We have to Raise Her Voice

We have to Raise Her Voice

One of our girls came to me today and said that she is afraid that she won’t be able to finish her studies because a much older man in the village has decided to marry her.

“Decided?” I asked.

“He saw me walking down the road and it was decided.”

“Tell him no,” I said.

“I’ve told him a thousand times. He never hears me.”

“Tell your parents that you don’t want to marry him.”

“My parents say that getting married is the most important thing a woman can do in her life. I would be lucky to be married to any man.”

“But you are so bright and we are sponsoring your education. You won’t be a burden to your husband and surely he wants an educated wife, right? Perhaps you can still continue with school even after being married?”

“He is not educated so he doesn’t want me to be either.”

“Bring your parents to me and I will have a talk with them about your education.”

“My parents have no issue with me getting an education while looking for a husband. Now one has come along. If you tell them not to let me get married to this man, you will become the enemy.”

What could I tell her to do? In the end the only solution we came up with that didn’t have severe cultural consequences was for her to physically run away from the compound whenever she saw him coming. Conversations about arranged marriages will be delayed a little bit longer if she isn’t there to partake in them. Hopefully long enough for this man to come to his senses or for her parents to change their mind or for us to come up with a better solution.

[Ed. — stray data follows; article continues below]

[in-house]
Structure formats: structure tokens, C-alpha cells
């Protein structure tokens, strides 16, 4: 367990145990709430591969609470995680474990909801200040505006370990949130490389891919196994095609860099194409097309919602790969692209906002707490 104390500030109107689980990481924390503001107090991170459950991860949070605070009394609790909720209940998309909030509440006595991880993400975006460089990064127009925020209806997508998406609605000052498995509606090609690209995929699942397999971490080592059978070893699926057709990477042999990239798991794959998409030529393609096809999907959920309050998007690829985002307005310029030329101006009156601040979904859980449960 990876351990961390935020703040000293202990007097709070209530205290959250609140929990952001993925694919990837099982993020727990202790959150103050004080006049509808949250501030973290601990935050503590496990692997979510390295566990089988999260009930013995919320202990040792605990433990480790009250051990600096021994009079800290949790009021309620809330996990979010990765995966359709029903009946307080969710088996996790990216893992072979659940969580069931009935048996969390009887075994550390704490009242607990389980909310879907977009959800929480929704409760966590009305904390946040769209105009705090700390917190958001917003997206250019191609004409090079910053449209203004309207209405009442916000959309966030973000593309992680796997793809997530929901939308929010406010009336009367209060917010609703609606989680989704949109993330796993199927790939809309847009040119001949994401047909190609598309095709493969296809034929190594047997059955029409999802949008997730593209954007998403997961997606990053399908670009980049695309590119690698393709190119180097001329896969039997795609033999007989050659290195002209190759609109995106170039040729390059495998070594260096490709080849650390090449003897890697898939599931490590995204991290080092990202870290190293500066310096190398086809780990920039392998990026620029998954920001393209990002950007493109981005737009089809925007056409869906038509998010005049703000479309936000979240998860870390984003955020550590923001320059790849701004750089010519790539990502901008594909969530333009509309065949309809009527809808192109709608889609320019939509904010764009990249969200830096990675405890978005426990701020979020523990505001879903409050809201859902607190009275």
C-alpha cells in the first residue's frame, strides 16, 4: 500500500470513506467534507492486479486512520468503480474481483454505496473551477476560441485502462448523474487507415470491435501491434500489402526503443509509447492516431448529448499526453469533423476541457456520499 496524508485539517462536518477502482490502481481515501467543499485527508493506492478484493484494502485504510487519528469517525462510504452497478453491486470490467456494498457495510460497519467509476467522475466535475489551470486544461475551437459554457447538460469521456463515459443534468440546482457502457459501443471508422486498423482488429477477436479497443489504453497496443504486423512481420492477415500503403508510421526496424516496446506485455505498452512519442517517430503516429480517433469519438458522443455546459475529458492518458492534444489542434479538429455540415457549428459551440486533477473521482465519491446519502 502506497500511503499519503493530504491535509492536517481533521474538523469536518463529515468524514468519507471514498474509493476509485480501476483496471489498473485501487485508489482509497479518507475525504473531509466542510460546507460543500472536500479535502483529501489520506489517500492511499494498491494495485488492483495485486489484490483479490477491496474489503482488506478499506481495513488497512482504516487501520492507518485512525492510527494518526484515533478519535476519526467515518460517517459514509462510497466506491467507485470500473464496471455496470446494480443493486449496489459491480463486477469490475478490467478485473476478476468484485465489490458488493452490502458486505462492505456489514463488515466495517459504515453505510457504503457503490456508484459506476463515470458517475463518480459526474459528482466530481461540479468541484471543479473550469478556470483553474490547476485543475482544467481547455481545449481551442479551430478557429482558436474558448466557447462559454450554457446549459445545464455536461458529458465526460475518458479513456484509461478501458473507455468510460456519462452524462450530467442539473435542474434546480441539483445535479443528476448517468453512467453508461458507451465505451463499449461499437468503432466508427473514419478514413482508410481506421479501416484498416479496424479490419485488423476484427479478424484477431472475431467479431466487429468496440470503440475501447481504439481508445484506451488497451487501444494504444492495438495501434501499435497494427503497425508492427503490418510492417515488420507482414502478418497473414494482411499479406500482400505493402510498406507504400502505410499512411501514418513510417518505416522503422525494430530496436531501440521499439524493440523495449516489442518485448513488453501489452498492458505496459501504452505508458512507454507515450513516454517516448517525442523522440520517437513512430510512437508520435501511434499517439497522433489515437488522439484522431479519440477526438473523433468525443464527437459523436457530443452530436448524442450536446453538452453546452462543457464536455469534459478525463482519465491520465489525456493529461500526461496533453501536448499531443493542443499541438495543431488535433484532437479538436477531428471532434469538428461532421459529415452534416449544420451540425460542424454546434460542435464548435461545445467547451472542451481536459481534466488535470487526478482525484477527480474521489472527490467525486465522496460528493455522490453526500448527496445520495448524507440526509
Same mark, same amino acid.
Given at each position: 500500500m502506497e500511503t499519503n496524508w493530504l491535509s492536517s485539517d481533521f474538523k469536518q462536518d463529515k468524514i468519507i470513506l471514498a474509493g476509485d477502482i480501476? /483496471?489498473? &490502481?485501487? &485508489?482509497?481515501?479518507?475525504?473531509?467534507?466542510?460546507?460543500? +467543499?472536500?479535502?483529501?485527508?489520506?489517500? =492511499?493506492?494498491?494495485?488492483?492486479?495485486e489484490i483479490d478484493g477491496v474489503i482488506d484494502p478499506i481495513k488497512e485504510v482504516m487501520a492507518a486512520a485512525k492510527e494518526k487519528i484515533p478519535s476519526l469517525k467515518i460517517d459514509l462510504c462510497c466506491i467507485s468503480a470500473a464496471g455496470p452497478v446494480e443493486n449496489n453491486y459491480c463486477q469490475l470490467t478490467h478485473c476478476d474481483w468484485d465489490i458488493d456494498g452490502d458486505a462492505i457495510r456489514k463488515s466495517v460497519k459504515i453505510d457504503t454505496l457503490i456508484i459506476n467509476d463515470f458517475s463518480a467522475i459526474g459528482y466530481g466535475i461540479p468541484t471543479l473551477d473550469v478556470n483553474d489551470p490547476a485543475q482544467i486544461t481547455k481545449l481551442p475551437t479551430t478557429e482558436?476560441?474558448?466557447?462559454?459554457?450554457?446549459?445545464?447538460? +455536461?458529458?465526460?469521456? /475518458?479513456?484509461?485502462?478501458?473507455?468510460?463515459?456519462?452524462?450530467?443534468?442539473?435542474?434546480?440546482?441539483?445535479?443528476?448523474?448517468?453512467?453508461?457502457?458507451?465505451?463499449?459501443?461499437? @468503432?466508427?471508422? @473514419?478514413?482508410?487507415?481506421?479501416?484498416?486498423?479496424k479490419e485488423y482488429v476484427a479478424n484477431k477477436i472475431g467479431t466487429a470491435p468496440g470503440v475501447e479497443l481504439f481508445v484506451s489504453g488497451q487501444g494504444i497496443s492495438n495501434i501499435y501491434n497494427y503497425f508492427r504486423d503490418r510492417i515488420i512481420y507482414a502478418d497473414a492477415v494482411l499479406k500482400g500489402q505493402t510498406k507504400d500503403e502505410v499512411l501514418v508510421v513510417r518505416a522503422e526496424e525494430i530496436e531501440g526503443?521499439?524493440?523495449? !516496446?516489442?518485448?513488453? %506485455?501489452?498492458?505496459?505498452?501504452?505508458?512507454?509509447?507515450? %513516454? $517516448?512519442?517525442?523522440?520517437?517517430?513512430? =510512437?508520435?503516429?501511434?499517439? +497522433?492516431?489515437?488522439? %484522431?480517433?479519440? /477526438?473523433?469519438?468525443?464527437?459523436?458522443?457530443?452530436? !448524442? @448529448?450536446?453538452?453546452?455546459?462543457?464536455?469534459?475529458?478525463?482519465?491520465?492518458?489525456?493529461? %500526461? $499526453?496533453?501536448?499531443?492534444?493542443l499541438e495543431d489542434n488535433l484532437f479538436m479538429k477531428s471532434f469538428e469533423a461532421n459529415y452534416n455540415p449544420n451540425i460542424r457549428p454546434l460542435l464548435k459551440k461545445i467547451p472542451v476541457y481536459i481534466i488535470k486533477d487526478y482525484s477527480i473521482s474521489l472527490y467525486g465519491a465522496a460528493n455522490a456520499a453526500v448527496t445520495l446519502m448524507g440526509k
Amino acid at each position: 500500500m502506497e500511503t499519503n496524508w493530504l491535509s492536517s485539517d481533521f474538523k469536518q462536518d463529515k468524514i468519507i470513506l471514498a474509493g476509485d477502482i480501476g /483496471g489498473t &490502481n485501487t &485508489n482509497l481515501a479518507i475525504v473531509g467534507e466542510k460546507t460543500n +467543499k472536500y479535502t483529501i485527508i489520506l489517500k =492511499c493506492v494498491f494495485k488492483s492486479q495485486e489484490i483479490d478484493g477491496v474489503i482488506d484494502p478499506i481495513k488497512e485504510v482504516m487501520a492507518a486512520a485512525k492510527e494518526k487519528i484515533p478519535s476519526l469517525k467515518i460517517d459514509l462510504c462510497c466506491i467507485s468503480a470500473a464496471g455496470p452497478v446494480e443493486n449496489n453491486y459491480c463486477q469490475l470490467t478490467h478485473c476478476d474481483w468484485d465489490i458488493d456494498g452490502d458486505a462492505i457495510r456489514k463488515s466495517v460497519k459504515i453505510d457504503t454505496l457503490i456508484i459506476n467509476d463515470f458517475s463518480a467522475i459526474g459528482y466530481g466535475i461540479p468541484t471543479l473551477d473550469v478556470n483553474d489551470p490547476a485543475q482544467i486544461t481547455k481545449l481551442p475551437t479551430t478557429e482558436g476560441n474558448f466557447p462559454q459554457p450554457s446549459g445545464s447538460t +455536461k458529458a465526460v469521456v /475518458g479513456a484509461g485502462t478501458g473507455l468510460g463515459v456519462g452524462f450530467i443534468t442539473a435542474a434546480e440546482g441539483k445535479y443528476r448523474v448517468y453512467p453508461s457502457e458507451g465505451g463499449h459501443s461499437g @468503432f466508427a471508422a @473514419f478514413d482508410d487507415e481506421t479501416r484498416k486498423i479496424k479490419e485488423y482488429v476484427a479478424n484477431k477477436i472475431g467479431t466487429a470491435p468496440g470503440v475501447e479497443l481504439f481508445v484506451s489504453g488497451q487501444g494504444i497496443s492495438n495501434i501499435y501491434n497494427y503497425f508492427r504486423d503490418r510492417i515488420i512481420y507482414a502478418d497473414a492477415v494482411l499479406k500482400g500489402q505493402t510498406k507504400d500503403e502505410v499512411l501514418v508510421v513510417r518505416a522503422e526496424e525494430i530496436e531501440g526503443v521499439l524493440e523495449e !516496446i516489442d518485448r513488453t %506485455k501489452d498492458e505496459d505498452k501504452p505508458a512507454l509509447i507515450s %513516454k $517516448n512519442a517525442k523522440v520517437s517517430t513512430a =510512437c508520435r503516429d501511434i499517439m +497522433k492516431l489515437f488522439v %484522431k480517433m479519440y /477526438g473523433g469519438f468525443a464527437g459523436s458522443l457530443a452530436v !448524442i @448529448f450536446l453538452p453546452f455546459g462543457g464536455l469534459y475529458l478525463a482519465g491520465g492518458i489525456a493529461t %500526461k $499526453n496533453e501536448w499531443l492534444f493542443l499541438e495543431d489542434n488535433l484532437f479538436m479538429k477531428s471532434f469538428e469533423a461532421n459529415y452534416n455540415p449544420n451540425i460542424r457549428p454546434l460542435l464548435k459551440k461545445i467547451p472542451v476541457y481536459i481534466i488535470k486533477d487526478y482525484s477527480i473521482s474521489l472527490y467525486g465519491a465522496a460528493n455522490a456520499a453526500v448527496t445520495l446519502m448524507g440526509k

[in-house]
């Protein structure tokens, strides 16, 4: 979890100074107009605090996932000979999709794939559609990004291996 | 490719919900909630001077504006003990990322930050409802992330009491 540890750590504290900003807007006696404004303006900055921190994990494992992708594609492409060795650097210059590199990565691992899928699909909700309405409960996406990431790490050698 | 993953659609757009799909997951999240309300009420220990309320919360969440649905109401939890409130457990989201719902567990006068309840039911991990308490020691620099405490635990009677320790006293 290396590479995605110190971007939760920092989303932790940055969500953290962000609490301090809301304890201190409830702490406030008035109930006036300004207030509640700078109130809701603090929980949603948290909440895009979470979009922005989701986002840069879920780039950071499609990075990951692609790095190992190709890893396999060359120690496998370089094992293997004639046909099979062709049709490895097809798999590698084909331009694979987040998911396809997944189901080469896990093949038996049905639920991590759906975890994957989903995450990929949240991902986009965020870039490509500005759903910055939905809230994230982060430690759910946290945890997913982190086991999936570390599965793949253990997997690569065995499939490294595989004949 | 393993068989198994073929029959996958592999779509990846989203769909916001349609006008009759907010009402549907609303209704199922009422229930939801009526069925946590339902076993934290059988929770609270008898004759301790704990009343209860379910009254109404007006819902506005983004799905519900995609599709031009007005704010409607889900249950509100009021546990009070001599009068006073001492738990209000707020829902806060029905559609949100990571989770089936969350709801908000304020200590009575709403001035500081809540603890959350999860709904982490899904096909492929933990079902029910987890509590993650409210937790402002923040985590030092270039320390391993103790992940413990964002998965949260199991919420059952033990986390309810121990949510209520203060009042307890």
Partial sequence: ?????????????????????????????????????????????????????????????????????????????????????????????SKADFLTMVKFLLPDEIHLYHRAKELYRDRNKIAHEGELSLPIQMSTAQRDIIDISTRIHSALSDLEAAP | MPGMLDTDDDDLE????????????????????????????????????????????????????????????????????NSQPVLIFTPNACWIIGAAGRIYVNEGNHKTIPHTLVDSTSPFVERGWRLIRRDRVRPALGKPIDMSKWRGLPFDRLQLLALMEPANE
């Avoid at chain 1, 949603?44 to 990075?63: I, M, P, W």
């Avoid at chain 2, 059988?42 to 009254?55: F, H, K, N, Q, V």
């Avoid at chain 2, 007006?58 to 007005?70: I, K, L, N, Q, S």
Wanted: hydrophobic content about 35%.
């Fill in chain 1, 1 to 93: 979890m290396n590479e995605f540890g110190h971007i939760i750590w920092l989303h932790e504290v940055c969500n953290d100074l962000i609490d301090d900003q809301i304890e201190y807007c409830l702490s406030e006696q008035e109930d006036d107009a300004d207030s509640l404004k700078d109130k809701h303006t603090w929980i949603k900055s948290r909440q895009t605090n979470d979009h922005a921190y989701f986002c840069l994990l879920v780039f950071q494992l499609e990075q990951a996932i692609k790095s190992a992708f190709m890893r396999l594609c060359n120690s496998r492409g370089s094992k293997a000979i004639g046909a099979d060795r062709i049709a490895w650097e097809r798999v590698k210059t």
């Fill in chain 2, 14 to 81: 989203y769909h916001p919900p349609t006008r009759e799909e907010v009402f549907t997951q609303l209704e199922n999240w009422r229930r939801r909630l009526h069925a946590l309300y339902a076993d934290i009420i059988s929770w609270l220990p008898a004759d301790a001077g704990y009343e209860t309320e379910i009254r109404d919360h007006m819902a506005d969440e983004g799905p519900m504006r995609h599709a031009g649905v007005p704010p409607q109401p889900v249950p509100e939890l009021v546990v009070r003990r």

Why do education and marriage have to be at odds? Can’t she have both? Shouldn’t she have both? After all, wouldn’t society be better off if all of our wives and mothers were given an opportunity to go to school?

I often find myself wanting to speak for our girls in Kenya. My voice is always louder than the girls around me. I want to share their hopes and their dreams with their husbands, parents and with their communities. I want to scream from the rooftops about their potential to take on the world. I want to empower them to say, with conviction, what they want for their lives. Over and over again, their voices are quieted. They are too scared to stand up for themselves and their opportunities, or lack thereof, are out of their control. In the end I cannot speak for them. Our girls need to be speaking for themselves and they need to be heard. I have to raise her voice so loudly that everyone knows this is important. She is worth it. She deserves it.

If I don’t do something now, how long can she run away from her compound? How long will she stay in school? Now is the time. We have to raise her voice.


Haley Williams

Program Director

RTR Kenya

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